Some of us can’t even remember New Year’s Eve last year. But New York poet Thea Schiller remembers a special one more than fifty years ago.
What does staying at a fancy hotel in New York City and drinking coffee with a famous jazz player at 2 a.m. on New Year’s Eve, 1968 (which is really New Year’s Day, 1969) have to do with gratitude?
If you’re 18 years old, a motherless child since you were 12, with no date in sight but an itch to do something outrageous and live on the edge, you find out fast.
You take your yellow chiffon prom dress in your attaché case (which you proudly bought yourself when graduating from a posh secretarial school and landing a job at the prominent public relations firm Hill and Knowlton) and drop off what’s inside at a pricy cleaners near Central Park. You tell a big gaffe (translation: lie) to your father, your sole parent. No pity. Don’t feel sorry for me. You’ll see as my story continues.
You tell dad that The New York Quarterly, just put out by your poetry mentor, Bill Packard, is having a party, and you are going to sleep over at your friend Liz’s house. What does smart Dad, a sergeant in WWII, who was in charge of where armaments went in the Pacific arena, say? “Wonderful, have a wonderful time, darling.”
You get the cheapest room, I believe it was number 38 at the PH, which is short not for acid from the scientific chart but for the Plaza Hotel. You arrive at 4:00 p.m. on New Year’s Eve to pick up your lemon dress that’s so lemony you can almost taste its sour cloth. At seven, you’re hailing a taxi, holding on to your mother’s Harry Winston pearls, getting off at the Metropolitan Opera House.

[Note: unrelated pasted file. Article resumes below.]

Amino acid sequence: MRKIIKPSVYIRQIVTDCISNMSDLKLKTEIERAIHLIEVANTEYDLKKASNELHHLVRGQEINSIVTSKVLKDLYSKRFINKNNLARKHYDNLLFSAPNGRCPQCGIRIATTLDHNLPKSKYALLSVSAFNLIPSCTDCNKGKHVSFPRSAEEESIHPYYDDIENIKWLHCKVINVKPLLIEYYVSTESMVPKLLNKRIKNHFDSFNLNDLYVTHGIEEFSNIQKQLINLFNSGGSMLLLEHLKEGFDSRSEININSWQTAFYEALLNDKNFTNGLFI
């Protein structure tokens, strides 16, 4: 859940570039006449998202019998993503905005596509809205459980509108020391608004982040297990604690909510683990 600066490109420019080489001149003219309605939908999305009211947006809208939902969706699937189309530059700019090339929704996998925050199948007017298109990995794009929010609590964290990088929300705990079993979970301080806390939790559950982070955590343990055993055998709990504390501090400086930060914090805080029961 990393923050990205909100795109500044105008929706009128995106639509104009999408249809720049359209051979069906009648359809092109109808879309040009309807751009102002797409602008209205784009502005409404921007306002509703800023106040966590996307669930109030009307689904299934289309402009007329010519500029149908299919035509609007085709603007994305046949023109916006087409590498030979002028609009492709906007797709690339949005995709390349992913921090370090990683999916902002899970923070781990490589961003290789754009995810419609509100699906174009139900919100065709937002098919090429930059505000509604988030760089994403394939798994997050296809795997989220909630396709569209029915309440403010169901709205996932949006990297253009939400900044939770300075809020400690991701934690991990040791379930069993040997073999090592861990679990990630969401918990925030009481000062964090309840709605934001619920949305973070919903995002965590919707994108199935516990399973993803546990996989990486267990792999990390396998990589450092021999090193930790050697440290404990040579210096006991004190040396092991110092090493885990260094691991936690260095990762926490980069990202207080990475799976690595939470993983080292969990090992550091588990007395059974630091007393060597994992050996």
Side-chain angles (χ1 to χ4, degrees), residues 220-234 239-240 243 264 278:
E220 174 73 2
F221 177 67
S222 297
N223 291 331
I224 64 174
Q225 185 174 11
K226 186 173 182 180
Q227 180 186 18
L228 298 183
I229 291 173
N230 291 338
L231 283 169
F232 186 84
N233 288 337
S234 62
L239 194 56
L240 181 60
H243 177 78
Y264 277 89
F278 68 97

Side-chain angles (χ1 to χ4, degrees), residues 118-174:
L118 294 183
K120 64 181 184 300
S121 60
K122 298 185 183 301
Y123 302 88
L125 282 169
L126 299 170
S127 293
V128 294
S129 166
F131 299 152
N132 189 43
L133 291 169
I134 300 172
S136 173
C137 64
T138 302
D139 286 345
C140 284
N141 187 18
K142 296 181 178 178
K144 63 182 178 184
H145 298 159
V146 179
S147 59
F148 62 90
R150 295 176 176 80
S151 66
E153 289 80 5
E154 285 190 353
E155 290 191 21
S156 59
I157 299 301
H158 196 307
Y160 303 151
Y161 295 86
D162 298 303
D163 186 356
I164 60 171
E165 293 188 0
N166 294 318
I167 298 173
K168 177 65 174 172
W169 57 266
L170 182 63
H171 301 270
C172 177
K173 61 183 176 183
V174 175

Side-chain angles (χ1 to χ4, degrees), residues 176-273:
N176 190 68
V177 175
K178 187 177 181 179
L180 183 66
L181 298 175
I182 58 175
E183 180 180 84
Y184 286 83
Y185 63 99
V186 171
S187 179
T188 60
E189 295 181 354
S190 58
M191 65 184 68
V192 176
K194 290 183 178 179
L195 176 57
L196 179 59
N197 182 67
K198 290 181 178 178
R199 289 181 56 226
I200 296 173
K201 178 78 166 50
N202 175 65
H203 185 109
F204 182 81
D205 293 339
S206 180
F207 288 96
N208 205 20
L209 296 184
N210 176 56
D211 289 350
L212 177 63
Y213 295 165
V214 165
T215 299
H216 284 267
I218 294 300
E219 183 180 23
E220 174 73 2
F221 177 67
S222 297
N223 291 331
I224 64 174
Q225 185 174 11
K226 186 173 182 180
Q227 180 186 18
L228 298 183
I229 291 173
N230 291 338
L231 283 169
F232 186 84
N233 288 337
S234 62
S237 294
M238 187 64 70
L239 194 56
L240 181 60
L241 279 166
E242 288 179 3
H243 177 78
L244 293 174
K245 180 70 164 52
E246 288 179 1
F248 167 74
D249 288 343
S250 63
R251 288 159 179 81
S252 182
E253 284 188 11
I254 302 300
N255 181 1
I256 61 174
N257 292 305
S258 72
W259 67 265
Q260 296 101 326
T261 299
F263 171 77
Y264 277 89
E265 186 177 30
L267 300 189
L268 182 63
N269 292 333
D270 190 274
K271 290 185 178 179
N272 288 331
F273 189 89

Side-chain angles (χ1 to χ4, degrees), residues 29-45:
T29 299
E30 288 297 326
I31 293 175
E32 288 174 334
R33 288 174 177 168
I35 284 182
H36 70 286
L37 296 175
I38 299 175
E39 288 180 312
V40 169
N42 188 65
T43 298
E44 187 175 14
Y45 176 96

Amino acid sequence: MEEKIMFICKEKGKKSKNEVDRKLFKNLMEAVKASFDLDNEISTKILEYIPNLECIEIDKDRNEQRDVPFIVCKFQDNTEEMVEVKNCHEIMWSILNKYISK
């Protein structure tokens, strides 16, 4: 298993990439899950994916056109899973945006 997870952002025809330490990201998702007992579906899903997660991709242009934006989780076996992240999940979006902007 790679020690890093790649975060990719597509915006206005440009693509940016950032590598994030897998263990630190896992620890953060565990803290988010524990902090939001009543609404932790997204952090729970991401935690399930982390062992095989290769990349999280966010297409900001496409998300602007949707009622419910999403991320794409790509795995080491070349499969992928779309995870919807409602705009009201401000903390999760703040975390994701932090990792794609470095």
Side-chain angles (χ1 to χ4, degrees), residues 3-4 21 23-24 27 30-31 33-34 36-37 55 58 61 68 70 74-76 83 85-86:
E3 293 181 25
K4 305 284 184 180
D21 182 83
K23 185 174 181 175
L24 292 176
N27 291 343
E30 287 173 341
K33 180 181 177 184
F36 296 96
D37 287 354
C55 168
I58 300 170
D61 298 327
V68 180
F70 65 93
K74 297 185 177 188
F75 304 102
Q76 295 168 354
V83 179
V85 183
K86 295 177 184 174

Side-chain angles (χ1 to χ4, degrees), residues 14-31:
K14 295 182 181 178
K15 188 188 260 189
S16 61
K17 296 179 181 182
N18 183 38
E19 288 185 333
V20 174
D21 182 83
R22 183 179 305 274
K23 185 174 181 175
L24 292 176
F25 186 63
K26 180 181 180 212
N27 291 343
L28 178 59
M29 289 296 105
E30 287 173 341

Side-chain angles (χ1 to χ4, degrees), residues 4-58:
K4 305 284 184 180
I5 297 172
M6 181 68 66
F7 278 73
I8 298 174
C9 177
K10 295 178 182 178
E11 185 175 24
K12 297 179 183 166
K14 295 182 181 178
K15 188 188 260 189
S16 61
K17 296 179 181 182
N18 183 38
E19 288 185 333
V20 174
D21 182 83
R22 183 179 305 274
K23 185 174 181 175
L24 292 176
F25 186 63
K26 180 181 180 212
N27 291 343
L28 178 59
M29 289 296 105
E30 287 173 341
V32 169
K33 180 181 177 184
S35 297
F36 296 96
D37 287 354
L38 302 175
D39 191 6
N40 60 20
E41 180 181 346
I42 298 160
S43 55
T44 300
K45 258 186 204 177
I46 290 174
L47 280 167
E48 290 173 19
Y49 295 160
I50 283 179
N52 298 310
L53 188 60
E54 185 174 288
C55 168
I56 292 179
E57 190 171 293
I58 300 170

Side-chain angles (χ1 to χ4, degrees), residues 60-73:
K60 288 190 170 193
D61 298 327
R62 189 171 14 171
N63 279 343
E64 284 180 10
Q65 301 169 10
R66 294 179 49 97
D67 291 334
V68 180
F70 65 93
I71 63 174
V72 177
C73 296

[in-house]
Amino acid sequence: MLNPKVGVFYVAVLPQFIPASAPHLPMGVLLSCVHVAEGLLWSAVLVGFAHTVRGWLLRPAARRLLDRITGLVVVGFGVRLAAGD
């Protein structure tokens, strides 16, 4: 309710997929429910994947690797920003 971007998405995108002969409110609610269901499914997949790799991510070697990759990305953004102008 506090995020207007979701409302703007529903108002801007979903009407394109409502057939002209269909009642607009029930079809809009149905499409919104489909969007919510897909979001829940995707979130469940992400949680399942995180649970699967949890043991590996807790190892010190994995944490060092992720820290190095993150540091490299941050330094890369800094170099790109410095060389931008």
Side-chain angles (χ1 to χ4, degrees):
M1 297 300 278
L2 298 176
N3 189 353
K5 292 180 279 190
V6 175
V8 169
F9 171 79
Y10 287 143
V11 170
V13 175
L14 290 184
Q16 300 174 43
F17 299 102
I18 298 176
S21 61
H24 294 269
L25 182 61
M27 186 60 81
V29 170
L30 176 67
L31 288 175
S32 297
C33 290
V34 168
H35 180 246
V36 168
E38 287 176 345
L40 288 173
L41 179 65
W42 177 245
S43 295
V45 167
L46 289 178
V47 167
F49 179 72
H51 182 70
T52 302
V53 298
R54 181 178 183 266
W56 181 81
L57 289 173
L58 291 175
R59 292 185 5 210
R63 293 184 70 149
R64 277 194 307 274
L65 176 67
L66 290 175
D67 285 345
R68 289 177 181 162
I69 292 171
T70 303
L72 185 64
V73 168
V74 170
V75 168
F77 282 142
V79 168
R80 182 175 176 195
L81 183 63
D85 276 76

The year is 1968. You place a $20 bill in the hidden palm of an usher and you stand two hours and listen to Tosca. You are alone. You don’t know what’s going to happen after but you’re not scared because you are living the dream, living the poem. You recite in your mind your favorite, by good ole William Blake. Eternity. “He who binds himself a joy, does the winged life destroy, but he who kisses the joy as it flies, lives in Eternity’s sunrise.”
Eternity here I come, to say to your angel mother looking up as you walk away from the fountain and Chagall’s magical paintings. The blue-black night dazzles in stars and you saunter back to the Plaza as if you will live forever. You see a sign. “Plaza 9.” It’s 11:30. The night is young.
You enter, and smudge your mother’s red war paint that you had absconded on your lips. “How many?” the waiter asks. “A party of one,” you say.
Near the stage, you see the redhead play the clarinet. He asks you out after his set. You go with him. It’s 2:00 a.m. You, a Long Island nymphet, are drinking coffee with him at Bickfords. You remember his name as Larry Ridley, but when you google that name you see that’s someone else. You can’t find his name anywhere, but you know he existed. You existed.
He brings you to the door of your room. 4:00 a.m. You don’t let him in. He’s a gentleman, you’re one lucky gal. At 9:30 there’s a knock on your door, and Buddhists from the Nichiren Daishonin come in with a Gohonzon and Jitsu Beads. All stand in the middle of your suite chanting Namyo Rengae Yo.
You don’t know what the rest of your life is going to be, and you don’t care.
Because you know you are going to be able to walk across Washington Square Park Monday night with a poem to bring to Packard’s class about this experience.
You won the lottery of life. You could keep secrets and you would never have to tell anyone this story. But if you did, you knew you would be eternally grateful that you were able to live it, and it was true.